Silesian Highlands are highlands located in Silesia and Lesser Poland, Poland. It is the part of Lesser Poland Highlands Its highest point is the Mountain of St. Anne .-See also:...

, on the Kłodnica river (a tributary of the Oder).

Situated in the Silesian Voivodeship
Silesian Voivodeship
Silesian Voivodeship, or Silesia Province , is a voivodeship, or province, in southern Poland, centering on the historic region known as Upper Silesia...

 since its formation in 1999, Gliwice was previously in Katowice Voivodeship
Katowice Voivodeship
Katowice Voivodeship was a unit of administrative division and local government in Poland in the years 1975–1998, superseded by the Silesian Voivodeship...

. Gliwice is one of the cities of a 2.7 million conurbation known as the Katowice urban area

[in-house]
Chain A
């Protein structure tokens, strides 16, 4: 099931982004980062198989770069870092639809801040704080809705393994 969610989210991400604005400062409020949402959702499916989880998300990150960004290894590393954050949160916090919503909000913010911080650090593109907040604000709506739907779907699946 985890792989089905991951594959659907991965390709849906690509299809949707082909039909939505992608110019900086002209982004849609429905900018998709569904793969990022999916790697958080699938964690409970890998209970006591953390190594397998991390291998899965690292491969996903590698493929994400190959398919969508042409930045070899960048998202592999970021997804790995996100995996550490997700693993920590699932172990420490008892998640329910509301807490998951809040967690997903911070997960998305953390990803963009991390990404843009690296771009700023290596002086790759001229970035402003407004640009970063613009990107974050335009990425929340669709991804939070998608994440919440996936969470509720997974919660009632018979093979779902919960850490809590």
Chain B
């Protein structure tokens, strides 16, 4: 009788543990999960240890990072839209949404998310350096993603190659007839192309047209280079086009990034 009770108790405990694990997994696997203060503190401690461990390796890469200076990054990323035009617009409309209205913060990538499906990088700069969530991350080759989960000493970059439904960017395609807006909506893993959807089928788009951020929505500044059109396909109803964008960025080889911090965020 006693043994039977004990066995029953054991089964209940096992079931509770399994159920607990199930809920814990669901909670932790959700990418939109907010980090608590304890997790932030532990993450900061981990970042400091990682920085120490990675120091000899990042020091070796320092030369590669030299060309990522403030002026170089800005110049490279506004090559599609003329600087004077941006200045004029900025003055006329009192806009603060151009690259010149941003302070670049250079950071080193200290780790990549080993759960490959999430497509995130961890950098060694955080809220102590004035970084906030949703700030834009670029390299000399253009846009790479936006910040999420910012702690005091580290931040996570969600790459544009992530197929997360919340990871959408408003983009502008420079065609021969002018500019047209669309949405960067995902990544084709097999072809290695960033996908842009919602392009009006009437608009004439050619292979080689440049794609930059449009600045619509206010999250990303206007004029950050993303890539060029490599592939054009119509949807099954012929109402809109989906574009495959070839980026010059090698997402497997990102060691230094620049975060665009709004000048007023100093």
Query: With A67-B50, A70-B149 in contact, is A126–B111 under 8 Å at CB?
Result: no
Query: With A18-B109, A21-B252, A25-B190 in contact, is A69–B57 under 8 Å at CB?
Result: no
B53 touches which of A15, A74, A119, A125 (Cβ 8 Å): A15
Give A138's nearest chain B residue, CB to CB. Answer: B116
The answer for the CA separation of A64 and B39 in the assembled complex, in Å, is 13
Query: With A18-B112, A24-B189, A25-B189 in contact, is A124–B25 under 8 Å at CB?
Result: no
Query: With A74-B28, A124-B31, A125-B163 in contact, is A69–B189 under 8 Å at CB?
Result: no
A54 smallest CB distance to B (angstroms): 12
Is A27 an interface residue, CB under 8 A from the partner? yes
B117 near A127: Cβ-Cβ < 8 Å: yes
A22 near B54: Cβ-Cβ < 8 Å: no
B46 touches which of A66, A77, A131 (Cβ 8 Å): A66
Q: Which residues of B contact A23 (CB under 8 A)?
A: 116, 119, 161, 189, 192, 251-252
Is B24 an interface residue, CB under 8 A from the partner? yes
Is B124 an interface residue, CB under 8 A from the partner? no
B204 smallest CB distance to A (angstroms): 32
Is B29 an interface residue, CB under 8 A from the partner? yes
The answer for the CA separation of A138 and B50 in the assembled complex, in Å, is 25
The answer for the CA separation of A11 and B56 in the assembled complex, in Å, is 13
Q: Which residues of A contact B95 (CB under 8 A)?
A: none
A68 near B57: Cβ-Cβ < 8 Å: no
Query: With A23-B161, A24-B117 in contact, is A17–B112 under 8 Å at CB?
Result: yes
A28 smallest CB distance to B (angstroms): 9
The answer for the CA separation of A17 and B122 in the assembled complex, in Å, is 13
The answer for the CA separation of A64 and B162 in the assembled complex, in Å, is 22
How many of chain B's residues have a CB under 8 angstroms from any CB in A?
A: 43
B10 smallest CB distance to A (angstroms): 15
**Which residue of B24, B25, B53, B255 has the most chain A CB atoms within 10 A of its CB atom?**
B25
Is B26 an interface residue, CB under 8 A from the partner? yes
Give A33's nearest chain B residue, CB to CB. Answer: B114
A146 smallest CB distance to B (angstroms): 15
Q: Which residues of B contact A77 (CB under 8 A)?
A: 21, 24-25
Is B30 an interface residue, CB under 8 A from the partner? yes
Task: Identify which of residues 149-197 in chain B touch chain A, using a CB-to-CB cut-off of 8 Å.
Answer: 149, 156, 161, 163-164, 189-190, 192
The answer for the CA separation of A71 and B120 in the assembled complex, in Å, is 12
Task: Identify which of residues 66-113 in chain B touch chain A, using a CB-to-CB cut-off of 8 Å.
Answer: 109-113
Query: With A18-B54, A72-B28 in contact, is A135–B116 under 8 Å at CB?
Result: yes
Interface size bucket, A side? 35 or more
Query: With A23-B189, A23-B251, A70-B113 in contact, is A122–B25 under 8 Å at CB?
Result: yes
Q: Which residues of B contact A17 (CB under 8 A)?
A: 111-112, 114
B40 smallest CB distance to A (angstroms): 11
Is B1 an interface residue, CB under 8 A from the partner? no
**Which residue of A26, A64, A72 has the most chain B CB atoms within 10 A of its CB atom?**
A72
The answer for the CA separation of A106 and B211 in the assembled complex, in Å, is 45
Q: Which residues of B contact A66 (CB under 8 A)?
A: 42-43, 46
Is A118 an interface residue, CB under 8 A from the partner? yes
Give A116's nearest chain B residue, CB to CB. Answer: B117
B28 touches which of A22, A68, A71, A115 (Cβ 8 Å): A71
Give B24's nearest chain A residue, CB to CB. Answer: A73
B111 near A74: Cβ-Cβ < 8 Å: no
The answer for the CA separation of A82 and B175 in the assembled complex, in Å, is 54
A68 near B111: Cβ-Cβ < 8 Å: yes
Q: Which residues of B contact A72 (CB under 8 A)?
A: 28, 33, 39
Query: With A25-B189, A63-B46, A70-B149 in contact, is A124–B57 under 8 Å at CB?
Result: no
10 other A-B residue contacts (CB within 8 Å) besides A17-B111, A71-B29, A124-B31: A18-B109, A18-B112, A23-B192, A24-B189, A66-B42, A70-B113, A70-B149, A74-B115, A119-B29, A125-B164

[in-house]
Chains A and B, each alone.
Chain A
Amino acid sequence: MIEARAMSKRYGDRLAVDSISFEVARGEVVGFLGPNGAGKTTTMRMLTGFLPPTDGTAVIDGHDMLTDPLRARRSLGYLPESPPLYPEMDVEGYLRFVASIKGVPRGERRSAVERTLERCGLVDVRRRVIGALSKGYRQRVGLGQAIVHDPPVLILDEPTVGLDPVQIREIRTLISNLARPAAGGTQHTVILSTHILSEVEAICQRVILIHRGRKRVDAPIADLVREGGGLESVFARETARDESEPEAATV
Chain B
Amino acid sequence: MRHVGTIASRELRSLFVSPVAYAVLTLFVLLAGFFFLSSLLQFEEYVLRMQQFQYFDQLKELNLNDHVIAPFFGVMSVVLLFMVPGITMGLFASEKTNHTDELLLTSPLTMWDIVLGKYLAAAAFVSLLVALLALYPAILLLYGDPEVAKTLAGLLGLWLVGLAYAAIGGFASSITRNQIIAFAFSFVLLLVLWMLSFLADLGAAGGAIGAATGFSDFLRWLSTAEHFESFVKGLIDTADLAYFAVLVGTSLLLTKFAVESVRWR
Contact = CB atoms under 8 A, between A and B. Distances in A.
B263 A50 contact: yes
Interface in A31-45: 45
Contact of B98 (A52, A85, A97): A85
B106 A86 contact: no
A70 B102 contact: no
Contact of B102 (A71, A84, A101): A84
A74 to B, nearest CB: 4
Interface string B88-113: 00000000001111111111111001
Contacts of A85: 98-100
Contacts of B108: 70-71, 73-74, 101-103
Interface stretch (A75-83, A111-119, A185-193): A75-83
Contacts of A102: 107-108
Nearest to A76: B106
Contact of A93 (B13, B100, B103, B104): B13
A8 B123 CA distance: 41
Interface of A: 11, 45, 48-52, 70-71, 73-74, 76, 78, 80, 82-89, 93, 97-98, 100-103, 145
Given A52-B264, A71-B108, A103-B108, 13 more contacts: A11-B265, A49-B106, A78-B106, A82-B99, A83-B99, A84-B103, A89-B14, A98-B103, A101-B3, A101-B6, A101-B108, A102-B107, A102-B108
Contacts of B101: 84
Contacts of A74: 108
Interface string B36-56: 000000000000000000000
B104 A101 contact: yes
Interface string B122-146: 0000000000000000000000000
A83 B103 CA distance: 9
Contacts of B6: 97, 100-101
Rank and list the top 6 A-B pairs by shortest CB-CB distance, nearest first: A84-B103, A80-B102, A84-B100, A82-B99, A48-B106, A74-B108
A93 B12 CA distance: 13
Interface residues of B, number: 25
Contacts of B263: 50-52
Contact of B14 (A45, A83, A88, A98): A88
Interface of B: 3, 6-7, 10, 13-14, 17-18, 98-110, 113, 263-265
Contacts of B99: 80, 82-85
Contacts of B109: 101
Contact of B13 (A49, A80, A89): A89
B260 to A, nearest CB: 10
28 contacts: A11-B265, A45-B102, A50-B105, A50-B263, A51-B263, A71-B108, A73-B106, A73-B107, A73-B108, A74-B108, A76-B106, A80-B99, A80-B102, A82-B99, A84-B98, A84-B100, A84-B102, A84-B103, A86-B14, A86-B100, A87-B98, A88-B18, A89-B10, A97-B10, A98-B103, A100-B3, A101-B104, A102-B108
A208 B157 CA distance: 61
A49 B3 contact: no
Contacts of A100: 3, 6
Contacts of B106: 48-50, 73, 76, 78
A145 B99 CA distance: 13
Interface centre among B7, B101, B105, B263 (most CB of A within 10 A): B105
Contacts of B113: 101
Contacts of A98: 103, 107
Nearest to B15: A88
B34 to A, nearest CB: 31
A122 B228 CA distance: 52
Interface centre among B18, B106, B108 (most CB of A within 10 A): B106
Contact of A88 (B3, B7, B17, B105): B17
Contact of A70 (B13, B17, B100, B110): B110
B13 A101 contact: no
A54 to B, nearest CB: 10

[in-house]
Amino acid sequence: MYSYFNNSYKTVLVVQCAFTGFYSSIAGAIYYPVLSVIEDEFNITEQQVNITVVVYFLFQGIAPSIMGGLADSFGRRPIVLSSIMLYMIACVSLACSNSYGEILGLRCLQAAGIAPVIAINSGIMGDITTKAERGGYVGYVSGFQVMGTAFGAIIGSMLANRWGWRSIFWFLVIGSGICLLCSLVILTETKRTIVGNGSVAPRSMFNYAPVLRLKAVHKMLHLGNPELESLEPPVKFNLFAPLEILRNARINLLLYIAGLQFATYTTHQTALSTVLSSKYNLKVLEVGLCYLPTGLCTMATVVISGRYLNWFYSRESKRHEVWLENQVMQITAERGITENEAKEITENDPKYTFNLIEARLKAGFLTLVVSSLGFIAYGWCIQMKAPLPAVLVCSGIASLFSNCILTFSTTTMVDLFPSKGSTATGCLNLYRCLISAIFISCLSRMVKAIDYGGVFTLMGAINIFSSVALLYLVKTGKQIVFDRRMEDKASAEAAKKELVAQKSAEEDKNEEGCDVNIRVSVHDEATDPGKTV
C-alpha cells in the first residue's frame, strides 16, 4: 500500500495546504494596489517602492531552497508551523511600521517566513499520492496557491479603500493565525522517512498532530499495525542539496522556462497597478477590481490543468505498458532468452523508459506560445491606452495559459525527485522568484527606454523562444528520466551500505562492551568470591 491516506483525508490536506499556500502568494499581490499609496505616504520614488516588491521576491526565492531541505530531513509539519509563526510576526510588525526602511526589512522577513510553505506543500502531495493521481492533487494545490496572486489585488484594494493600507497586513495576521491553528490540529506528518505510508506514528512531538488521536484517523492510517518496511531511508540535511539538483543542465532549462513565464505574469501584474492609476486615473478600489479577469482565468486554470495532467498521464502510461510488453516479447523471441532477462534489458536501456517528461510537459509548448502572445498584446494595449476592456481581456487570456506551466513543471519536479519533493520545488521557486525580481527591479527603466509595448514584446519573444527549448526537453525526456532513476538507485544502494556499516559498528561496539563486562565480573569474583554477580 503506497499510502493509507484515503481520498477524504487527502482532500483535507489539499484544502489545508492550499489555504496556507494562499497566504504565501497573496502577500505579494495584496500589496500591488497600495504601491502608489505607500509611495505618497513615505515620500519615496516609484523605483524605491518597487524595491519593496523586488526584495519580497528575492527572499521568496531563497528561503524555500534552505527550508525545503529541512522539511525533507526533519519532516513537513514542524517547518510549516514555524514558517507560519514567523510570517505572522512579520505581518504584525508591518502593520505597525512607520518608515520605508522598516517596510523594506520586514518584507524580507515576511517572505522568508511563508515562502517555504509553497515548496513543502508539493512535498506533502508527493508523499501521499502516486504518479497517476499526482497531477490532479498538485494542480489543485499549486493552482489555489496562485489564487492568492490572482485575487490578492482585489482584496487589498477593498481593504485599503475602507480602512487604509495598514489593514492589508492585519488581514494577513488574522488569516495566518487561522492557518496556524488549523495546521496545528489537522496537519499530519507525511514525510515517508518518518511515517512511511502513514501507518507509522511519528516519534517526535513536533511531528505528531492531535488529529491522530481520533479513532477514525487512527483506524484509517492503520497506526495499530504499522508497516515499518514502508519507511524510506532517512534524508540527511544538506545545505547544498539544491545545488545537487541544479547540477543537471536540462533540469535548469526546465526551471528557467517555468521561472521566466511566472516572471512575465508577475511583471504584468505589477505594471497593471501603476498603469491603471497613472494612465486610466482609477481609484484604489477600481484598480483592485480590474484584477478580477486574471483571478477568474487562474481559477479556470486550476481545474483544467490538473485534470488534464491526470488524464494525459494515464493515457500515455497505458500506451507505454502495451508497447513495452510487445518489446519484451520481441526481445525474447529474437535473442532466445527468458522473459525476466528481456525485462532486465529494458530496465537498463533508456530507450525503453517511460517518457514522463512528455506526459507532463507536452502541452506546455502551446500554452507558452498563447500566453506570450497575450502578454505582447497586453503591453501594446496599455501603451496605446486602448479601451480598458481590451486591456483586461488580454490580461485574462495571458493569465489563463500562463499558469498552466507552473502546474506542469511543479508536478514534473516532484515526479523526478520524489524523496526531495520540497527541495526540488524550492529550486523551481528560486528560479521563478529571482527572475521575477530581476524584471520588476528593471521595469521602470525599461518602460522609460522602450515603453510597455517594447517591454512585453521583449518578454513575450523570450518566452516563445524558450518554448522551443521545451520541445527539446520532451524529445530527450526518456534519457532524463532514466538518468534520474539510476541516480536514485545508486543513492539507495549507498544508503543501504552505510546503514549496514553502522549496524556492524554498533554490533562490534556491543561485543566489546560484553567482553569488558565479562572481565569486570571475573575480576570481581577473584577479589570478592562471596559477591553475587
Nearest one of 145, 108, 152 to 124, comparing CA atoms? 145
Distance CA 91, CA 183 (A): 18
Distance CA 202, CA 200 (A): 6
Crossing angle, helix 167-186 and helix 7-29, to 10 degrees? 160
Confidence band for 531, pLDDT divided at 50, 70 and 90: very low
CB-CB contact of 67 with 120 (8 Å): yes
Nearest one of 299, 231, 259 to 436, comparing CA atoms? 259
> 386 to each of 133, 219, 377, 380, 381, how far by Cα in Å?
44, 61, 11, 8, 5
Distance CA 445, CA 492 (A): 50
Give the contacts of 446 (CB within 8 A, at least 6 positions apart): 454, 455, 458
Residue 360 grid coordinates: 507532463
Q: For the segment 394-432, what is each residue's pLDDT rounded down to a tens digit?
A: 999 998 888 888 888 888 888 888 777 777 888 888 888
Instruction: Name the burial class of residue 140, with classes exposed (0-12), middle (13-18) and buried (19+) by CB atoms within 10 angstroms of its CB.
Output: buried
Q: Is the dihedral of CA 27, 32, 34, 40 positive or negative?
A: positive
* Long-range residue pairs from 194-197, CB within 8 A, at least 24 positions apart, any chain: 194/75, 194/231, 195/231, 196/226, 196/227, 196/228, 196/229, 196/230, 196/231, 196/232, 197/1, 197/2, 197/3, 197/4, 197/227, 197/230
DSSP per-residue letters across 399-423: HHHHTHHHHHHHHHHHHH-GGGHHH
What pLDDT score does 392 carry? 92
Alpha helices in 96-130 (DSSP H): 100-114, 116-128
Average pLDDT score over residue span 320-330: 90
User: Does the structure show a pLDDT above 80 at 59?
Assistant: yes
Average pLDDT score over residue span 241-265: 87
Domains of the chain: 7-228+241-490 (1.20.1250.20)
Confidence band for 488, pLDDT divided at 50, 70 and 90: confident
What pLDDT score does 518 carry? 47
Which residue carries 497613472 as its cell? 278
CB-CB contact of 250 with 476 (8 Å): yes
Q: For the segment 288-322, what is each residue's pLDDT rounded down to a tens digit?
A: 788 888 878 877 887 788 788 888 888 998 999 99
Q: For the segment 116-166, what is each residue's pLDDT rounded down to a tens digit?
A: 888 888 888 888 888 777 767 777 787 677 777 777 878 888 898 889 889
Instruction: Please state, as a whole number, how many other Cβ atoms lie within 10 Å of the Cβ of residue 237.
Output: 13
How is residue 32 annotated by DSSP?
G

Katowice urban area
The Katowice urban area, also known as the Upper Silesian urban area, is an urban area/conurbation in southern Poland. It is located in the Silesian Voivodeship and in a small part of the Lesser Poland Voivodeship. The Katowice urban area is the largest urban area in Poland and one of the largest...

 and is within the larger Silesian metropolitan area
Silesian metropolitan area
The Upper Silesian metropolitan area is the metropolitan area in southern Poland and northeast Czech Republic, centered on the cities of Katowice and Ostrava in Silesia...

, which has a population of about 5,294,000 people. The population of the city is 196,361 (June 2009).

Late Middle Ages

In Slavic languages
Slavic languages
The Slavic languages , a group of closely related languages of the Slavic peoples and a subgroup of Indo-European languages, have speakers in most of Eastern Europe, in much of the Balkans, in parts of Central Europe, and in the northern part of Asia.-Branches:Scholars traditionally divide Slavic...